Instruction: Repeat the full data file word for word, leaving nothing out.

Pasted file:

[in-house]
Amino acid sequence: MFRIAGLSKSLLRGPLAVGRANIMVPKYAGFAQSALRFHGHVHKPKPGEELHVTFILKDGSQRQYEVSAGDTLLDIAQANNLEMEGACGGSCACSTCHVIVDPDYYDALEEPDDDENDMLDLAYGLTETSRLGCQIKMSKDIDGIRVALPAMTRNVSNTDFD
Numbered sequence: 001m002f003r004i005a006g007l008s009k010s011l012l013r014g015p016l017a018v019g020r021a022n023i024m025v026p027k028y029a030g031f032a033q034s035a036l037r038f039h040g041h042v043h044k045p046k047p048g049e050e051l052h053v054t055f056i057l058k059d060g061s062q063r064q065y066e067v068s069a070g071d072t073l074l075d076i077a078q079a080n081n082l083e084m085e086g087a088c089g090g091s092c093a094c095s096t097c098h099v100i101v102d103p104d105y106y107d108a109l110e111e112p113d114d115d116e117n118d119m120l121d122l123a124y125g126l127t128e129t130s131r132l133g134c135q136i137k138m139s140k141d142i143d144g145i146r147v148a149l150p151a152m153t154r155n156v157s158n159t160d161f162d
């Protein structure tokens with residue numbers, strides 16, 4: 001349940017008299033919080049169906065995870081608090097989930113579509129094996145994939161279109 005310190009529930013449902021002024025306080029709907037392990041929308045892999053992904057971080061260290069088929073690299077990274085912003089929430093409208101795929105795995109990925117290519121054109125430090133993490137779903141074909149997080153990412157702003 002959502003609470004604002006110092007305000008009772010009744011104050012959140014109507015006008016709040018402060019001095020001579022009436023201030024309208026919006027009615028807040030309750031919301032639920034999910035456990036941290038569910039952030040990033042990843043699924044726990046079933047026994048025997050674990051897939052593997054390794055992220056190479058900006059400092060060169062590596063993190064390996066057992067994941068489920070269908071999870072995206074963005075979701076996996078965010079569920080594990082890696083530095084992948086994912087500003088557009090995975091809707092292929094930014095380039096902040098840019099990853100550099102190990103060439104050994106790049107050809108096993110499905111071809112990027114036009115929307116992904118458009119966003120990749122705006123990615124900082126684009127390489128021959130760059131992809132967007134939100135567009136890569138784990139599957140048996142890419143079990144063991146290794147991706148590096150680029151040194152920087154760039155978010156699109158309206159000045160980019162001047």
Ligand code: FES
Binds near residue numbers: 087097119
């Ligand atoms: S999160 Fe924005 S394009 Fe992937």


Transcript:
[in-house]
Amino acid sequence: MFRIAGLSKSLLRGPLAVGRANIMVPKYAGFAQSALRFHGHVHKPKPGEELHVTFILKDGSQRQYEVSAGDTLLDIAQANNLEMEGACGGSCACSTCHVIVDPDYYDALEEPDDDENDMLDLAYGLTETSRLGCQIKMSKDIDGIRVALPAMTRNVSNTDFD
Numbered sequence: 001m002f003r004i005a006g007l008s009k010s011l012l013r014g015p016l017a018v019g020r021a022n023i024m025v026p027k028y029a030g031f032a033q034s035a036l037r038f039h040g041h042v043h044k045p046k047p048g049e050e051l052h053v054t055f056i057l058k059d060g061s062q063r064q065y066e067v068s069a070g071d072t073l074l075d076i077a078q079a080n081n082l083e084m085e086g087a088c089g090g091s092c093a094c095s096t097c098h099v100i101v102d103p104d105y106y107d108a109l110e111e112p113d114d115d116e117n118d119m120l121d122l123a124y125g126l127t128e129t130s131r132l133g134c135q136i137k138m139s140k141d142i143d144g145i146r147v148a149l150p151a152m153t154r155n156v157s158n159t160d161f162d
């Protein structure tokens with residue numbers, strides 16, 4: 001349940017008299033919080049169906065995870081608090097989930113579509129094996145994939161279109 005310190009529930013449902021002024025306080029709907037392990041929308045892999053992904057971080061260290069088929073690299077990274085912003089929430093409208101795929105795995109990925117290519121054109125430090133993490137779903141074909149997080153990412157702003 002959502003609470004604002006110092007305000008009772010009744011104050012959140014109507015006008016709040018402060019001095020001579022009436023201030024309208026919006027009615028807040030309750031919301032639920034999910035456990036941290038569910039952030040990033042990843043699924044726990046079933047026994048025997050674990051897939052593997054390794055992220056190479058900006059400092060060169062590596063993190064390996066057992067994941068489920070269908071999870072995206074963005075979701076996996078965010079569920080594990082890696083530095084992948086994912087500003088557009090995975091809707092292929094930014095380039096902040098840019099990853100550099102190990103060439104050994106790049107050809108096993110499905111071809112990027114036009115929307116992904118458009119966003120990749122705006123990615124900082126684009127390489128021959130760059131992809132967007134939100135567009136890569138784990139599957140048996142890419143079990144063991146290794147991706148590096150680029151040194152920087154760039155978010156699109158309206159000045160980019162001047």
Ligand code: FES
Binds near residue numbers: 087097119
């Ligand atoms: S999160 Fe924005 S394009 Fe992937």